Prince was an Irish setter on loan from my uncle Wayland.  He stayed for two years, long enough for me to regard him as mine.  Prince and I spent weeks exploring the hills and fields around the new town where we’d moved.  He was a stalker of game, going on point at sequestered cats, his tail a perfect spear, his right paw lifted, the portrait of a hunting dog.  I could call him from a block away, and he would break free from my brother’s rope and come bounding to me.

One day my uncle arrived and took Prince back, that loyalty-love bond broken without a thought.  Far away, in lonely Plumas County, my dog joined a pack of dogs that chased down deer and was shot by a hunter who didn’t appreciate the competition.  Prince, whom we never truly owned, was the most mine of all my dogs. There should be words for that dog-child connection--love unabashed and unspoken, straight-across equality, a continuous awareness of the life in one another that translates into a mutual reading of souls.  We could have merged with each other, that dog and I, melded into one pure creature.

            Other dogs came and found places in my heart, and left those places empty when they died.  A beagle mix I named Nibs, who disappeared when we left him in the care of neighbors while we were on vacation. That dog must have felt truly abandoned, all hope gone when his pack deserted him, like the last dog on earth; he probably tried to follow us.  A dog named Spot, hit by a big rig on Highway 50 and left for me to see when I went to catch the school bus.  A large, yellow mix named Trailer we inherited from people who moved, killed on the same highway, and another dog named Sean who came and left the same way.  Always a dog came from somewhere and attached itself to us because always there was a space waiting, and dogs see these spaces and move into them.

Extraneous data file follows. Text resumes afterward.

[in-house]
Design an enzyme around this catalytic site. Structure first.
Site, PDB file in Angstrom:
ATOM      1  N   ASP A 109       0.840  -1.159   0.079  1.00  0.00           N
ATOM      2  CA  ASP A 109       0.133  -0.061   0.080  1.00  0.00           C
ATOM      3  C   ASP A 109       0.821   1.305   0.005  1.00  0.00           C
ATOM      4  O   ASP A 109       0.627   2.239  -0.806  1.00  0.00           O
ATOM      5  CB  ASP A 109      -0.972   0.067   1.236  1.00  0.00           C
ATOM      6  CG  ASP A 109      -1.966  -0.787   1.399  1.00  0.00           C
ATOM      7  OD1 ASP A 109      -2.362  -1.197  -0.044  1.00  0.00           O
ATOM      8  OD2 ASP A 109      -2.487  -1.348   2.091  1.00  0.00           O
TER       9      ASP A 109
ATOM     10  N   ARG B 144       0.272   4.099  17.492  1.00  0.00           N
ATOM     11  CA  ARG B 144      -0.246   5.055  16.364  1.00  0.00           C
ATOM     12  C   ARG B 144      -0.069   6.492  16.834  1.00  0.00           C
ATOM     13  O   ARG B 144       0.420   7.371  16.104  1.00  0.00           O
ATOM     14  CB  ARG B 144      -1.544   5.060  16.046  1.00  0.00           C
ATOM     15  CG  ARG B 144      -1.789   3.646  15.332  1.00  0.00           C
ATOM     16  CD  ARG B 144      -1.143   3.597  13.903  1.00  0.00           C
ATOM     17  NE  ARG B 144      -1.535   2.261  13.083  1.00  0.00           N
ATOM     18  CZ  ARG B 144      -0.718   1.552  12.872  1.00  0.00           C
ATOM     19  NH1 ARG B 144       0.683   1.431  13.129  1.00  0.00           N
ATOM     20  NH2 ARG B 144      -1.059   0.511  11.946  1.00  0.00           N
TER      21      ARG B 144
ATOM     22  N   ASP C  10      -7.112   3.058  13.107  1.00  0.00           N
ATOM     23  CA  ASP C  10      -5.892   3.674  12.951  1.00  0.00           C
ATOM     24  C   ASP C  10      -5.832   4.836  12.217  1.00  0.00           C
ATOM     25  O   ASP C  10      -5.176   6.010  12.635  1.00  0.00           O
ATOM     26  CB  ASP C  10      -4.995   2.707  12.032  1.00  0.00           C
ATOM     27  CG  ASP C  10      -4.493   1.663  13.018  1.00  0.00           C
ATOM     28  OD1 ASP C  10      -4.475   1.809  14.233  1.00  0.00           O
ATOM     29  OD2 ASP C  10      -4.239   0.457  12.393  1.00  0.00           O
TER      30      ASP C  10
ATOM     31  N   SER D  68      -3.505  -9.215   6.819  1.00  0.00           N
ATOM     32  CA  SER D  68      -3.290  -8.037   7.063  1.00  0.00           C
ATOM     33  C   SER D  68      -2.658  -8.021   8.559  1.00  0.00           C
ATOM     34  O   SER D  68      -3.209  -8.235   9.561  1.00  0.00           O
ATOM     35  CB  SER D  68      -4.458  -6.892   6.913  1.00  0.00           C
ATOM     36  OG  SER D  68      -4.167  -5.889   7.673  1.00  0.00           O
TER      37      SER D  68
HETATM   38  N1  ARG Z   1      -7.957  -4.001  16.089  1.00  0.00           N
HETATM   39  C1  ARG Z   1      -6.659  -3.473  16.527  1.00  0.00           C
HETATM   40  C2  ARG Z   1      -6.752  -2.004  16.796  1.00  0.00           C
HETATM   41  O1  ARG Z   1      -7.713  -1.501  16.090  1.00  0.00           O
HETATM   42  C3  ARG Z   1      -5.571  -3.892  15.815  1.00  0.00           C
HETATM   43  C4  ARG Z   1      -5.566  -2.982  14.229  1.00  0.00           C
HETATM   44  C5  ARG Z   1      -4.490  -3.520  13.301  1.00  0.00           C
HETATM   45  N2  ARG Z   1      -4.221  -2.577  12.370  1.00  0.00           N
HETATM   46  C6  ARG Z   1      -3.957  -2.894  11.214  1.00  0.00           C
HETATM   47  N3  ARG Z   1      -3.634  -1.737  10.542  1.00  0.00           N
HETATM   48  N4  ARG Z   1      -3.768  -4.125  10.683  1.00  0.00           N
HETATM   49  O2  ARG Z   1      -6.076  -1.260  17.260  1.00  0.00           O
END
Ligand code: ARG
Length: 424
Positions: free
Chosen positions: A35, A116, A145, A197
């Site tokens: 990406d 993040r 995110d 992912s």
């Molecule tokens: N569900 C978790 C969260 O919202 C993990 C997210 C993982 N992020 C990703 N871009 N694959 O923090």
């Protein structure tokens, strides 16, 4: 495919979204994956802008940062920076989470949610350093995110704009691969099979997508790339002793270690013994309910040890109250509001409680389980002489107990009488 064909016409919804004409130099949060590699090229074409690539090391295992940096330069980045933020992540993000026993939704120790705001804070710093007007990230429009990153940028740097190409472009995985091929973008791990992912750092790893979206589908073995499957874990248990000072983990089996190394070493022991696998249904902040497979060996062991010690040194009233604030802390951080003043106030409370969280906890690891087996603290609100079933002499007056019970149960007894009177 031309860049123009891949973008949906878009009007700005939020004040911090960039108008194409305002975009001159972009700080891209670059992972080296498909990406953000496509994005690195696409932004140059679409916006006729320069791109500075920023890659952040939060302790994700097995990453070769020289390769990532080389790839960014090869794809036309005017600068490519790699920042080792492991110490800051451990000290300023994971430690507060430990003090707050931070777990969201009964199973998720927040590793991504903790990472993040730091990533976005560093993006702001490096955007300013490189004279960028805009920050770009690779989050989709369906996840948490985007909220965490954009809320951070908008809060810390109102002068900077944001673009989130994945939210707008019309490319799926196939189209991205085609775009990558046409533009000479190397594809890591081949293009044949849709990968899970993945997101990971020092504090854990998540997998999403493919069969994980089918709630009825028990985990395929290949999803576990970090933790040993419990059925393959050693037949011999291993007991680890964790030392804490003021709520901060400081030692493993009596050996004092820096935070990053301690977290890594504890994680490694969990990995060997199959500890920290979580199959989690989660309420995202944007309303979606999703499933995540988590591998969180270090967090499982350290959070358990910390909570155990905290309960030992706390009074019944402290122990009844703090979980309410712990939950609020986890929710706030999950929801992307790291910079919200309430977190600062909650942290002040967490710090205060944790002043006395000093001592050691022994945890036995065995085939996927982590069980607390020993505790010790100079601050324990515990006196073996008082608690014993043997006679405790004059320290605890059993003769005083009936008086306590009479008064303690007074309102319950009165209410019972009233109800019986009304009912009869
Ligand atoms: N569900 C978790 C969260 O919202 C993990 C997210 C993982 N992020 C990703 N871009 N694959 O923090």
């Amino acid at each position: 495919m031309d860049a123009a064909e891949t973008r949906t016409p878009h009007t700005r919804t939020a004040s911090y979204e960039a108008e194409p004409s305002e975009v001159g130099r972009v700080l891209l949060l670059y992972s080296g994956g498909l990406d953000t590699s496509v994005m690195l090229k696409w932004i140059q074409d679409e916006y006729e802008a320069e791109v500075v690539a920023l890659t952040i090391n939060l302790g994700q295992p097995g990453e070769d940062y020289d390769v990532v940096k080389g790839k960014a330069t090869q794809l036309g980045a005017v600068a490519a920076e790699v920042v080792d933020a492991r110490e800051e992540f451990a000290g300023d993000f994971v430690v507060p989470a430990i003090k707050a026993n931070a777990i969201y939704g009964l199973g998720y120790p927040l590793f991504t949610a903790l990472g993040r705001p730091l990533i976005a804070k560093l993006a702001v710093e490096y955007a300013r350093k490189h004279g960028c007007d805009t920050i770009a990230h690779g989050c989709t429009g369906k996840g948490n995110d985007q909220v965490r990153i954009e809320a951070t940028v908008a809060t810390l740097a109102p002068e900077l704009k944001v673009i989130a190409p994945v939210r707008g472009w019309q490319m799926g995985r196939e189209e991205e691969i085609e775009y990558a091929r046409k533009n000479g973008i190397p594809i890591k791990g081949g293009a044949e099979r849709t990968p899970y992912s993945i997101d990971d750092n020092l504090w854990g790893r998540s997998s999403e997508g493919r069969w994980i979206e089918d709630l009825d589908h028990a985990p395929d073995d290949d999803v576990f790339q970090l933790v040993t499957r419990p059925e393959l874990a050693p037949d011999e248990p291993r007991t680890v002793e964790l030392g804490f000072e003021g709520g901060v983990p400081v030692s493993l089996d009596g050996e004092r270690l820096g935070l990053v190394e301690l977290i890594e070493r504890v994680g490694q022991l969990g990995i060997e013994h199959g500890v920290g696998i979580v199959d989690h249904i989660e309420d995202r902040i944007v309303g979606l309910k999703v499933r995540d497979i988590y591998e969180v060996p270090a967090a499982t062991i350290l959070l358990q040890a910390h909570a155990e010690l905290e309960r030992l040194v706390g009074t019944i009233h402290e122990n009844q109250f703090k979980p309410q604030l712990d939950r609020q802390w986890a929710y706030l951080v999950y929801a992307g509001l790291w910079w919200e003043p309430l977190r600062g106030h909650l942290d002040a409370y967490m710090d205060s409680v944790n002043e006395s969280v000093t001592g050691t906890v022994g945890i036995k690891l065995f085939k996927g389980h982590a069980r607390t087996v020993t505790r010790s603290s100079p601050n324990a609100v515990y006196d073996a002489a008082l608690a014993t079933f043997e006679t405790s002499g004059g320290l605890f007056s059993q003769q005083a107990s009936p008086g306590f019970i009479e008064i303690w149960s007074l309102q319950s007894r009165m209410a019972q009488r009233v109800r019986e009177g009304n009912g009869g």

There were a dozen years without a dog after I left home, married, worked in cities, had children.  I knew the weight of dog ownership by then, remembered the way love unfolds, the dog’s bloodstream almost joined to yours, so that you grow another circulatory system, alternate veins and arteries to accommodate the new connection.   

            For my daughter’s 14th birthday, she chose Mia from the Humane Society.  Mia was her dog until Katie left home for college and beyond; then Mia was mine, and I grew those new veins, that web of connective tissue.

            Now there’s Bevan, the Jack Russell.  I held off loving this dog for a while, arriving as he did so close to Mia’s death.  Judged him for the strange little creature he was, different altogether from the big dogs we’d always had; hoping that perhaps the love would be miniaturized, too, less strong, less likely to break a heart.  But it’s there, growing daily, that essential dog-human connection.  It’s in the greeting and the parting, the frenzied tail wagging and sidelong looks, his brown eyes meeting mine in perfect symbiotic understanding.  Let’s hunt together: I’ll flush, you stand guard.  Let’s just BE together.